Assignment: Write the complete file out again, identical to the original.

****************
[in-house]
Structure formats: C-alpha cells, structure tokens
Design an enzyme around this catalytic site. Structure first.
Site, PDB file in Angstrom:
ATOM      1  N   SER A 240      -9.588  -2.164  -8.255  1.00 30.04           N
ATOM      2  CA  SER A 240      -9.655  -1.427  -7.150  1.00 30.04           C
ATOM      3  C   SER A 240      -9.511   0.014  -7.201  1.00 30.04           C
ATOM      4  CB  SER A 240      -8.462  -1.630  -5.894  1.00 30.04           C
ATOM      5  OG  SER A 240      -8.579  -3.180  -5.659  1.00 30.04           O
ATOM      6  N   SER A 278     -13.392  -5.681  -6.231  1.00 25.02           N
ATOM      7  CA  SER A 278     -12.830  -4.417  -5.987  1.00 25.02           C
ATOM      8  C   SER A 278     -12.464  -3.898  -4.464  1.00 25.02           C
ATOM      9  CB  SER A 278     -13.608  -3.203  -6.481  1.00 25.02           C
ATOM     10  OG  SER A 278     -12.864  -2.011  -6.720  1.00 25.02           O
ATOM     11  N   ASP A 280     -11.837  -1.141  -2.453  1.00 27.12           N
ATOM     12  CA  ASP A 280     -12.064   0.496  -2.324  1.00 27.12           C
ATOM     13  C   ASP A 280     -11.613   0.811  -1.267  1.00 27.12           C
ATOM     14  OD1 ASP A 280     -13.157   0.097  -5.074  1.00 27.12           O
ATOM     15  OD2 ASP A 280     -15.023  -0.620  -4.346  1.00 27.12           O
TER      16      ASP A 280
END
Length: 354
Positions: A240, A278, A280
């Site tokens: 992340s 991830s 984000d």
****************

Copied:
[in-house]
Structure formats: C-alpha cells, structure tokens
Design an enzyme around this catalytic site. Structure first.
Site, PDB file in Angstrom:
ATOM      1  N   SER A 240      -9.588  -2.164  -8.255  1.00 30.04           N
ATOM      2  CA  SER A 240      -9.655  -1.427  -7.150  1.00 30.04           C
ATOM      3  C   SER A 240      -9.511   0.014  -7.201  1.00 30.04           C
ATOM      4  CB  SER A 240      -8.462  -1.630  -5.894  1.00 30.04           C
ATOM      5  OG  SER A 240      -8.579  -3.180  -5.659  1.00 30.04           O
ATOM      6  N   SER A 278     -13.392  -5.681  -6.231  1.00 25.02           N
ATOM      7  CA  SER A 278     -12.830  -4.417  -5.987  1.00 25.02           C
ATOM      8  C   SER A 278     -12.464  -3.898  -4.464  1.00 25.02           C
ATOM      9  CB  SER A 278     -13.608  -3.203  -6.481  1.00 25.02           C
ATOM     10  OG  SER A 278     -12.864  -2.011  -6.720  1.00 25.02           O
ATOM     11  N   ASP A 280     -11.837  -1.141  -2.453  1.00 27.12           N
ATOM     12  CA  ASP A 280     -12.064   0.496  -2.324  1.00 27.12           C
ATOM     13  C   ASP A 280     -11.613   0.811  -1.267  1.00 27.12           C
ATOM     14  OD1 ASP A 280     -13.157   0.097  -5.074  1.00 27.12           O
ATOM     15  OD2 ASP A 280     -15.023  -0.620  -4.346  1.00 27.12           O
TER      16      ASP A 280
END
Length: 354
Positions: A240, A278, A280
């Site tokens: 992340s 991830s 984000d």